Everyone is searching for answers about why there’s been a dramatic dropoff in the offensive line’s performance.
We interviewed right tackle Tyson Clabo (he didn’t like the line of questioning), center Todd McClure (fundamentals/techniques), right guard Garrett Reynolds (He’s been trained well. More on fundamentals/techniques), head coach Mike Smith, offensive coordinator Mike Mularkey and offensive line coach Paul Boudreau. Left tackle Sam Baker and left guard Justin Blalock have been noticeably absent during the first two of four “open locker room” sessions this week. We’ll see if they show up today and Friday.
It turns out that the line might be missing Harvey Dahl’s meanness and nastiness.
Here’s how the story turned out:
FLOWERY BRANCH — Falcons coach Mike Smith promised a full and detailed inquiry into the play of the offensive line.
The coaching staff, in addition to game-planning for Seattle, held exhaustive meetings this week to put the offensive line under the microscope.
They found some reasons and recognized that the new practice rules, which limit teams to one day a week in pads, are contributing factors to the 13 sacks of quarterback Matt Ryan and the 21 hits he has taken.
Also, somewhere during the offseason, the unit lost its swagger.
Four of the five starters are back, and the only missing player is right guard Harvey Dahl, who was widely considered the meanest and nastiest player in the bunch.
He signed with St. Louis during free agency.
“I think these guys miss Harvey, but we’ve been in the same system for four years and we should be able to go out and whoever is playing, and make it work,” offensive line coach Paul Boudreau said.
But Dahl isn’t coming back and Garrett Reynolds, his replacement, has been solid. There’s more to it than just losing Dahl.
“I told these guys ‘respect everybody you play, but don’t fear anybody,’” Boudreau said. “Maybe right now, we might be respecting people a little too much. … We’ve got to go back to hey, ‘there’s the guy, you take the right steps, put your hand in his chest and you finish.”
That’s how the line played for the past three years under Boudreau and helped the Falcons reach the playoffs in two seasons. Boudreau wants some more of that nastiness, and he and the rest of staff will look at their reserves to see if they need to make any changes.
Joe Hawley, who started two games at center for Todd McClure, can also play guard. Will Svitek, who has been used as a blocking tight end can play tackle.
If the Falcons shuffle the deck along the line, they want to see that “block until you hear the whistle” mentality that Dahl brought to the unit.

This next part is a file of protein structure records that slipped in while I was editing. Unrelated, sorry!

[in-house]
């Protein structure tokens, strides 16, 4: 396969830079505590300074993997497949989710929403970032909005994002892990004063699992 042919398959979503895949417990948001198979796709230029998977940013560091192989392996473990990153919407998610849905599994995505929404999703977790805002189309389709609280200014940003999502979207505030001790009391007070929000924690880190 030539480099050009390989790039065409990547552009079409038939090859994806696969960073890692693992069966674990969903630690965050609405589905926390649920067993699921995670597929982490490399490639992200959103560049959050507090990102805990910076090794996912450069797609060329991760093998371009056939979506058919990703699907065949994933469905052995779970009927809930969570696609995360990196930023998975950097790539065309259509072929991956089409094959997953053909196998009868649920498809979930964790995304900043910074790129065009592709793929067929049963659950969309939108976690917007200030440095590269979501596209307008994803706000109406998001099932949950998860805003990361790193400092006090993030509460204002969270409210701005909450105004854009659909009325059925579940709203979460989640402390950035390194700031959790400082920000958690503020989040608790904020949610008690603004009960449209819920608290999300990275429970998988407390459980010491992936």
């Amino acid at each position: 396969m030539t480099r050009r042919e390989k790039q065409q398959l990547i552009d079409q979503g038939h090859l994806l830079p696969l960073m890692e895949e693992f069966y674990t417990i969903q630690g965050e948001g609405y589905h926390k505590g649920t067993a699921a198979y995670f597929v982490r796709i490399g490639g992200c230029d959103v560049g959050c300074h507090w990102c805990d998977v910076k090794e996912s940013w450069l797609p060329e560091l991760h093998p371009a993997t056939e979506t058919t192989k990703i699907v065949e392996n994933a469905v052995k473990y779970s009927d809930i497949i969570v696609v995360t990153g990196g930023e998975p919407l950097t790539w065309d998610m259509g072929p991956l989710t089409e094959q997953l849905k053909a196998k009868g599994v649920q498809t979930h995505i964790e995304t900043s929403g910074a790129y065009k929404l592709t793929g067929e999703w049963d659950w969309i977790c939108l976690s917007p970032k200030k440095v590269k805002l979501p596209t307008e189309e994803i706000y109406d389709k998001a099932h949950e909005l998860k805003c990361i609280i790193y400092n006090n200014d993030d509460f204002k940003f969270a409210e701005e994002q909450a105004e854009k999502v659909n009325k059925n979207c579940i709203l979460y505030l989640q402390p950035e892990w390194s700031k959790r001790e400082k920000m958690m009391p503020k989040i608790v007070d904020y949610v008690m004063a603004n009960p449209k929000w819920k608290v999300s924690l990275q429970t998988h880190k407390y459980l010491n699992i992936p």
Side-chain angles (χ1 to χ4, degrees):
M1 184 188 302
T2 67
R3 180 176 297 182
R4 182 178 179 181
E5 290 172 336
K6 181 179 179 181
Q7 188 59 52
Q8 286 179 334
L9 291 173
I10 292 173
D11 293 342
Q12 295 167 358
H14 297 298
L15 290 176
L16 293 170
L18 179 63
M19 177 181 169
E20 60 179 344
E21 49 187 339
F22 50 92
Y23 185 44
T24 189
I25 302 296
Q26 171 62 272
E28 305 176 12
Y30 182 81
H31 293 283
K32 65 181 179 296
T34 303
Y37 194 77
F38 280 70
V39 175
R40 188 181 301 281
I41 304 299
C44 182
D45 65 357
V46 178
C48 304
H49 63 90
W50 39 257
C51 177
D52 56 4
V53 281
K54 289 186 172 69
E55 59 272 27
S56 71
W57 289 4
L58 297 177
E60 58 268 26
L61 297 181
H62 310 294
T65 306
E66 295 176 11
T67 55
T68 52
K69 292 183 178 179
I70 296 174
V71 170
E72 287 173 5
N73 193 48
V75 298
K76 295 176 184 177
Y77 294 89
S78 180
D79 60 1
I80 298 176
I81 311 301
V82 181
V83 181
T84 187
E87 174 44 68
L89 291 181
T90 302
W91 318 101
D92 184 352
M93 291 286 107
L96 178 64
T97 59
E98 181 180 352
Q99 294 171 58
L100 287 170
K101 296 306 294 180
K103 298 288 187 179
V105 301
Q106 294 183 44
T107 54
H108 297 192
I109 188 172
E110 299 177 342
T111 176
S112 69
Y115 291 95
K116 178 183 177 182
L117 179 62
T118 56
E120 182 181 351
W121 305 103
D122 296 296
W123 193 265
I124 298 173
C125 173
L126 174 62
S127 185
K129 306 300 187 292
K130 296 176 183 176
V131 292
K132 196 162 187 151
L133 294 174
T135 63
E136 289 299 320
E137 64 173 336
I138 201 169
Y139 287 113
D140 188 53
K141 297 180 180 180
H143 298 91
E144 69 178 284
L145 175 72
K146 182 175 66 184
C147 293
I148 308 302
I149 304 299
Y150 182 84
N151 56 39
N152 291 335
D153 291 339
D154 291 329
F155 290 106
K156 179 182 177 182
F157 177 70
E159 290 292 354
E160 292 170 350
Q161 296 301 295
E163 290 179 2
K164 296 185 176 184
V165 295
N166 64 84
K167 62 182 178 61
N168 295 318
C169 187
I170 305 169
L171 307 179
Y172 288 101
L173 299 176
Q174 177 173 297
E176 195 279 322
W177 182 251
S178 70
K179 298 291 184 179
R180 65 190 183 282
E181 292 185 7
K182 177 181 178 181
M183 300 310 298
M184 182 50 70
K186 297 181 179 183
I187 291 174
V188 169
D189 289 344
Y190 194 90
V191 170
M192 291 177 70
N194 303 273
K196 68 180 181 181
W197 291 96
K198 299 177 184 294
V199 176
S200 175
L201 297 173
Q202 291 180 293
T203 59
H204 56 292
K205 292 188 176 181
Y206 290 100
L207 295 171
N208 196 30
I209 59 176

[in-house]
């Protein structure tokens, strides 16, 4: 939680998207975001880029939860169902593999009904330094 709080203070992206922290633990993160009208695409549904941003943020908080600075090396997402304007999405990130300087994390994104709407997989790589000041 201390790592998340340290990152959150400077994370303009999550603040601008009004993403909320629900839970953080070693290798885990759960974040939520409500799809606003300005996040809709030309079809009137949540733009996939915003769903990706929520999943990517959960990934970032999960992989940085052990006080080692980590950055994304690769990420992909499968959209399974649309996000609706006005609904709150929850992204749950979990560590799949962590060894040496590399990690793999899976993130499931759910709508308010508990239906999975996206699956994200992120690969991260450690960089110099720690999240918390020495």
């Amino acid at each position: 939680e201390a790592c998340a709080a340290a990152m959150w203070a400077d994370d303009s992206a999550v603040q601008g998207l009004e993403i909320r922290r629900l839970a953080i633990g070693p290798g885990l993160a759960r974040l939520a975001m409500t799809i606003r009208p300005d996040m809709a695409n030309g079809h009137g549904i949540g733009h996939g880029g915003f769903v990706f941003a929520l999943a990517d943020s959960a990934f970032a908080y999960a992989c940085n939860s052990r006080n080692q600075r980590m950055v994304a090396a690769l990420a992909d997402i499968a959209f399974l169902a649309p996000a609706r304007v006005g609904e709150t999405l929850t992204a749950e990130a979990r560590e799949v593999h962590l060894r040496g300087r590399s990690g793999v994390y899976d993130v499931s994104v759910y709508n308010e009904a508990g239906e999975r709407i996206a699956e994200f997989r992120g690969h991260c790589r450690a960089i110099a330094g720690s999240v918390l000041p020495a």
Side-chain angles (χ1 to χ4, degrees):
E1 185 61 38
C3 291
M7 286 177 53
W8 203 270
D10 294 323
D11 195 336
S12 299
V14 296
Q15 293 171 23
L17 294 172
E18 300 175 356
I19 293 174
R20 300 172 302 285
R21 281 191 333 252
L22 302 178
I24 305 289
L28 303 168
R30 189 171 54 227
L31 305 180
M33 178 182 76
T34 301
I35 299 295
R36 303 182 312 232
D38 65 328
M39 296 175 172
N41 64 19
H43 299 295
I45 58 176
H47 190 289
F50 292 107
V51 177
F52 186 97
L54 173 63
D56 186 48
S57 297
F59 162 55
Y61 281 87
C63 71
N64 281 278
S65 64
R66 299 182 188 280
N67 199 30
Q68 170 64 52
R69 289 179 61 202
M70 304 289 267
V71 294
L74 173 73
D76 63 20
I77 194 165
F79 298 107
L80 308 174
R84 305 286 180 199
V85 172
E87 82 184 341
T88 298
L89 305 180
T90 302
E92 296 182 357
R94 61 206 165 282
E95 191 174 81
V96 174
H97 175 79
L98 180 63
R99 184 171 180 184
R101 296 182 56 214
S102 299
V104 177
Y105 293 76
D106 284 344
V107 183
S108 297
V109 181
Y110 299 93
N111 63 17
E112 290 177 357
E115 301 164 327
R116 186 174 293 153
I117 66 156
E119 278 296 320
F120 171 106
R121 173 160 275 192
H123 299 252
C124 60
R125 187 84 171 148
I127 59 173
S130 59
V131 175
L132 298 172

“That’s what we did for three years,” Boudreau said. “It didn’t matter who we played. It didn’t matter what they said about us. You knew when you played the Falcons you were going to get hit. We were going to knock your [expletive] on the ground. We were going to get back in the huddle and do it again.
“Maybe we’ve got to get back to that. Maybe we are respecting guys a little too much. We have to get that little confidence back, a little bit of that swagger.”
Offensive coordinator Mike Mularkey has been involved in the meetings.
“The one thing that we have not had an issue with is their effort and physical play,” Mularkey said. “I have no problem saying that it wasn’t that. There are things that we need to clean up.”
In defense of the offensive line, the Falcons have been imbalanced, as they’ve thrown the ball 112 times and run it 58. They’ve fallen behind by double-digits in each game.
“The biggest thing that we’ve got to do as an offense is come out of the tunnel fast,” Boudreau said. “You can’t play and be one dimensional. If you’re down by 10 or 20, all of a sudden you’re throwing the ball on every down and that stresses everything in your protections.”
In the first two games of the season, the line did well in run blocking when running back Michael Turner rushed for 100 and 114 yards. However, the problems leaked over into the run blocking last week as Tampa Bay held the Falcons to 30 yards on 15 carries.
On their march to the NFC South title, the Falcons allowed 23 sacks and were a finalist for the John Madden’s most valuable protectors award, which goes to the NFL’s top offensive line.
Right tackle Tyson Clabo seemed perturbed when asked for some rationale for the slippage in play. Reynolds and McClure talked about getting back to basics and using their techniques.
“We want to learn from our mistakes in the past few games, put them behind us and go out and put something good on tape,” McClure said.
Ryan said he might be adding to the problems by holding on to the ball too long when attempting to pass.
“We just need to execute a little better, myself included,” Ryan said. “The ball needs to come out. You can’t keep hanging on to it back there.”
Boudreau has little doubt that the offensive line will get things turned around.
“Here’s the deal. I’ve trusted them for three years, and they’ve got to trust themselves,” Boudreau said. “They have trusted the plays and their techniques. That trust is going to make that play work.”
–D. Orlando Ledbetter, The Atlanta Falcons beat blog